Things have moved on. Sportwise, Polish football is still in dire straits and does not remember the great team that arrived third in the World Cups of 1974 and 1982. Over the last twelve European or World Cups, Poland has qualified only three times, and even then has always gone out immediately. They did qualify for Euro 2012 – but as hosts. The clubs are even worse, given that the best Polish players have gone the same way as the plumbers - abroad. No Polish team has qualified for the Champions League in sixteen years. Add to this regular corruption scandals and there is not much to enjoy.

But in terms of attendance things have moved on, although not necessarily improved. In the last few years a few modern stadia have been built – for Euro 2012 but also for the richest clubs like Wisła Kraków and Legia Warszawa. They are very rarely full, but still attendance, and ticket prices, have increased a lot, together with the average income in the country. Legia fans strip off after a goal - despite winter temperature

More recently , football fans (kibice or in slang kibole) have also become a political actor. As in many countries, they are permeated with extreme right groups, but the novelty is that in Poland they have unanimously organised in support of one party (the rightwing Law and Justice, PiS), or, more precisely, against one party (the ruling liberal Civic Platform, PO), responsible for heavier policing in and around the stadia, but also not sufficiently ‘patriotic’. In the last election campaign, the liberal prime minister undertook a bus campaign journey throughout the country – and everywhere he would be met up by organised football fans disrupting his events and shouting ‘Tusk, ty matole, rząd obalą ci kibole!’ ('Tusk, you fool, these fans bring down the government’). The Right, on its side, started idealising football fans as an example of modern patriotism. Senator Romaszewski, a famous former dissident, even compared the football fans beaten by the police to the workers of Radom and Ursus violently repressed by communist security forces in 1976. One week before the election, when a police car killed a fan in Zielona Góra at the end of a speedway match (speedway is nearly as popular as football in Poland), the tension reached dangerous levels.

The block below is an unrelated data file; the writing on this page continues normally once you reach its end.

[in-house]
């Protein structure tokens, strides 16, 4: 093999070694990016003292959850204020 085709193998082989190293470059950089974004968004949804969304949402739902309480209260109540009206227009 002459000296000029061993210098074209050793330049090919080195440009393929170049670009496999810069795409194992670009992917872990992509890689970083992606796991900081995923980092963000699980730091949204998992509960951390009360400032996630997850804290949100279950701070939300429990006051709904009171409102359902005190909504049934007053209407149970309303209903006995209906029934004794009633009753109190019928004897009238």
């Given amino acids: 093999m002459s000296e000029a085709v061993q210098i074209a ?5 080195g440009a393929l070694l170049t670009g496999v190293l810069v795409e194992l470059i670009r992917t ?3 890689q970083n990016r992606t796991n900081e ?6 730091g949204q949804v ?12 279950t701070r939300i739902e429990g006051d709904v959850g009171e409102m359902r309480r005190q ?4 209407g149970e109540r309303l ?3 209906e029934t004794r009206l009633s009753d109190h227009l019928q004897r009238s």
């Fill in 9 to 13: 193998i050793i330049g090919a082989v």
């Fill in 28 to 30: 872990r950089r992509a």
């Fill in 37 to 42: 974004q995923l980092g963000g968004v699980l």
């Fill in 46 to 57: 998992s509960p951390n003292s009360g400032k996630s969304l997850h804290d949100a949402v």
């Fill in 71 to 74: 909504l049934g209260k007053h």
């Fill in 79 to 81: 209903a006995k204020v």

However, if football fans may have brought a few thousands votes to Kaczyński’s party, they lost many more to him. In the last election of the campaign, PO broadcasted a TV ad showing violent football hooligans in action and concluding ‘they go to vote – and you?’. According to surveys, the main reason why voters abandoned Law and Justice was the football fans. To stay in football talk, the fans scored an own goal of massive proportions.